According to new regulations released Monday by China's National Press and Publication Administration, children and teenagers under the age of 18 will be permitted to play online video games for no more than three hours each week.
New Online Game Policy of China
In a recently published article in MSN News, children in China may now only play online games for three hours each week over three days, marking the country's strictest gaming restriction to date. The action comes as part of a broader crackdown by Chinese authorities on the technology sector.
People under the age of 18 will be permitted to play video games for one hour a day between 8 p.m. and 9 p.m., on weekends and legal holidays, according to a translated notification about the new regulations. The restrictions were marketed by the agency as a means to protect children's physical and emotional wellbeing.
Companies that provide online gaming services to minors will be subject to the regulations, which will limit their ability to serve such users outside of setting hours. Companies will also be prohibited from providing services to users who have not registered with their actual names, prohibiting them from staying uninformed about their users' histories, according to a published report in CNBC News.
Effects of the New Regulation on the Technology Companies
The new rule impacts some of China's biggest technological firms, including Tencent, whose online multiplayer game Honor of Kings is immensely popular across the world, and NetEase, a gaming company, according to a report published in Techcrunch.
In fact, on Monday, ahead of the regulator's decision, Tencent's stock price fell 0.6 percent to 465.80 Hong Kong dollars. Its $573 billion market capitalization is down more than $300 billion from its February high, more than the combined value of Nike Inc., and Pfizer Inc.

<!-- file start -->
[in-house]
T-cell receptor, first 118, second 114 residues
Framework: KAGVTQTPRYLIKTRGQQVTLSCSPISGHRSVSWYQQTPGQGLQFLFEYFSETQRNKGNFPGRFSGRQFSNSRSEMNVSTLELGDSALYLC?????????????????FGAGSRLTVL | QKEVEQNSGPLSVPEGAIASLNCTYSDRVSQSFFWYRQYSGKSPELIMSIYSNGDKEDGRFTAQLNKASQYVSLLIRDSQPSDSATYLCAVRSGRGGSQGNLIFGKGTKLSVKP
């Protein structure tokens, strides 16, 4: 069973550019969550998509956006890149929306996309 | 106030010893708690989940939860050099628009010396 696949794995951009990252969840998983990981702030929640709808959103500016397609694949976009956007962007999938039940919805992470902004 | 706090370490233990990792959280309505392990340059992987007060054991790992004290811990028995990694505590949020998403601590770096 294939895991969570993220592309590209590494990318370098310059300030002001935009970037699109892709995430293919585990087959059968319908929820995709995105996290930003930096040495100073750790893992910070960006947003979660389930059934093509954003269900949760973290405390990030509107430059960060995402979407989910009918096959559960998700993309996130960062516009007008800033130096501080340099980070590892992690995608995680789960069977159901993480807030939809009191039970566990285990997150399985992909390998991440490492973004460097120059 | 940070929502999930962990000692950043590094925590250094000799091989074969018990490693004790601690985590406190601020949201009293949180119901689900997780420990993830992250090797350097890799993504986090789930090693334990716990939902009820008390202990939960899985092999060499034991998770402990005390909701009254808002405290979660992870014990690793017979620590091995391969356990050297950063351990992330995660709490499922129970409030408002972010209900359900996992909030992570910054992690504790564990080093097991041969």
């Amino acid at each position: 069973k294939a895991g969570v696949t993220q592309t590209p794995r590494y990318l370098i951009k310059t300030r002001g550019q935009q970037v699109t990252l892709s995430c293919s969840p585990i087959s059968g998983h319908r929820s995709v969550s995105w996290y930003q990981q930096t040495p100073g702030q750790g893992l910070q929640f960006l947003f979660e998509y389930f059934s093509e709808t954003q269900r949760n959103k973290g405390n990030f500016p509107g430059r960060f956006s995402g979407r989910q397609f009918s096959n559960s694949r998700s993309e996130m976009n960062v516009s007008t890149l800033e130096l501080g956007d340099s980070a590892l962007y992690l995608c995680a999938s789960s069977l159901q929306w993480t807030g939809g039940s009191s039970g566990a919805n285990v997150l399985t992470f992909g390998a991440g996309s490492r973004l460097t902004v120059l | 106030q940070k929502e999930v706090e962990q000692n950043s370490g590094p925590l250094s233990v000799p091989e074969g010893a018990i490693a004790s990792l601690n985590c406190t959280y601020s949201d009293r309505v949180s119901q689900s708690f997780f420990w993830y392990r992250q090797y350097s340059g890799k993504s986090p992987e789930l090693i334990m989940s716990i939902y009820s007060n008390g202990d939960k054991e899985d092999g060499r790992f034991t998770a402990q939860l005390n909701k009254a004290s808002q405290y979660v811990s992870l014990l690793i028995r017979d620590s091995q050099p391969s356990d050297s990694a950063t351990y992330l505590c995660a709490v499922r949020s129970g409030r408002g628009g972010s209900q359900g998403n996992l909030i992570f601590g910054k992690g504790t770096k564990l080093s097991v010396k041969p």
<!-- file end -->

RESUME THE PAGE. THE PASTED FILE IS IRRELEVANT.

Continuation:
Moreover, after years of fast development in the technology industry, Chinese authorities have recently targeted e-commerce and online education, enacting new rules to prevent anti-competitive conduct. Authorities prohibited profit-making for businesses that offer coaching in key school topics last month, knocking billions of dollars from the market capitalization of online education companies including TAL Education and Gaotu Techedu, according to a report published in Newsweek.
Tencent Releases a Statement
In a statement, Tencent said that it would comply with the new regulations and that it supports them. In recent months, the Chinese gambling behemoth has taken steps to get ahead of the authorities. Tencent made it mandatory for players to do a face recognition scan on their phones to prove their age in July.
Meanwhile, Tencent has said that just a tiny portion of gaming income in China came from younger gamers. In China, players under the age of 16 accounted for 2.6 percent of total gaming revenues in the second quarter. Tencent said earlier this month that it will restrict kids' gaming time to an hour per day during the week and two hours on weekends, as well as prohibit children under the age of 12 from making in-game purchases.